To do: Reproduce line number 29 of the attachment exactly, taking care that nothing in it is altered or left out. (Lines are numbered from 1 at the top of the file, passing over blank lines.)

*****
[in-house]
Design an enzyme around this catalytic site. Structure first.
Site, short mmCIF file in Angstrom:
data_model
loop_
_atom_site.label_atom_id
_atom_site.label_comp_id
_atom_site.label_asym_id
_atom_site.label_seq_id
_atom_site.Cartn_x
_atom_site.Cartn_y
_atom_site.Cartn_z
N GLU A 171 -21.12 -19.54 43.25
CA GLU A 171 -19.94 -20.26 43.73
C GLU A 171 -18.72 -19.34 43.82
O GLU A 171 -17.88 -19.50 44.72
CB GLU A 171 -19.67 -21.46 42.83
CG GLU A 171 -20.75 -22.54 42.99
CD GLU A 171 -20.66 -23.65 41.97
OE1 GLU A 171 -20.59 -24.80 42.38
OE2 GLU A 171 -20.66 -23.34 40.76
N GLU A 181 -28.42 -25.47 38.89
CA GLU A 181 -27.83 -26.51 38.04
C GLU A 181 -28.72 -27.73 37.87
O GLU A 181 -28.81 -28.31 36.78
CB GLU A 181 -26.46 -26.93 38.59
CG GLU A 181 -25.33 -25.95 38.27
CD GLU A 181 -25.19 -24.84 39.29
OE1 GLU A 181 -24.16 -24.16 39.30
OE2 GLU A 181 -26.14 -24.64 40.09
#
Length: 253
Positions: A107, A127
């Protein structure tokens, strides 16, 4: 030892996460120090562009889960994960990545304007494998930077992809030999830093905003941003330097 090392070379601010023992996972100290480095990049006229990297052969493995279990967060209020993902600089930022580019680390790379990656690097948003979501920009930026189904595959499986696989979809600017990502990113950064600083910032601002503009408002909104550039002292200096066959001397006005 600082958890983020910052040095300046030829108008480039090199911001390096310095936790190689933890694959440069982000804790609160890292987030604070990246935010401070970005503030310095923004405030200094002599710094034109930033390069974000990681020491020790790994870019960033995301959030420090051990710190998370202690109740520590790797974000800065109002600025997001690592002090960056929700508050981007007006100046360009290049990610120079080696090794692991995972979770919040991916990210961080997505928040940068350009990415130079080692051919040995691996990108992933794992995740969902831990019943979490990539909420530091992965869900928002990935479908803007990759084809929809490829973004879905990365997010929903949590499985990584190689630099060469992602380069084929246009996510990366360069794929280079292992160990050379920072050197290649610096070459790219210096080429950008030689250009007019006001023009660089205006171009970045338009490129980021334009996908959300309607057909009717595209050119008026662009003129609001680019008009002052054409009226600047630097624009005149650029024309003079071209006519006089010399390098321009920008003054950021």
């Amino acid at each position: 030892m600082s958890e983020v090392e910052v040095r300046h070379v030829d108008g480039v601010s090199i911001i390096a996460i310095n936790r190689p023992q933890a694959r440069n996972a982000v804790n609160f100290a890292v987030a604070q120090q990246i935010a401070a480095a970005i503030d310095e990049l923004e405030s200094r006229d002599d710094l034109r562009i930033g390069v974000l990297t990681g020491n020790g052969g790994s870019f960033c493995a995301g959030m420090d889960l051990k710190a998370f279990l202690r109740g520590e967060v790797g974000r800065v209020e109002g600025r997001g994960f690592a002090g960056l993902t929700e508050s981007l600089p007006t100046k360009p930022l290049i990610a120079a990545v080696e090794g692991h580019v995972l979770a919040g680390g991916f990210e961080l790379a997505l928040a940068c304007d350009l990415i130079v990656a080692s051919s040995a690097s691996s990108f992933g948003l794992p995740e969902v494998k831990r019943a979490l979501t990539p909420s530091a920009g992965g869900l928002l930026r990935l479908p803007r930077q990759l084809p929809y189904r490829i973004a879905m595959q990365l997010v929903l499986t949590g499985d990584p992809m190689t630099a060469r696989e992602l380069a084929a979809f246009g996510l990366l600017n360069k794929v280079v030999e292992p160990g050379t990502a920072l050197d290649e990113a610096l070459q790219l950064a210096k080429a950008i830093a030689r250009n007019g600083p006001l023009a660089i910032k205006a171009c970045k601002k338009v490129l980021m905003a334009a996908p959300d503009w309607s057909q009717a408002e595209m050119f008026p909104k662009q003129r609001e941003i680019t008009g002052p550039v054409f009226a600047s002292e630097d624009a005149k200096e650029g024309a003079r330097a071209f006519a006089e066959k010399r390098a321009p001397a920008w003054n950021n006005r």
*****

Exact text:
OE1 GLU A 181 -24.16 -24.16 39.30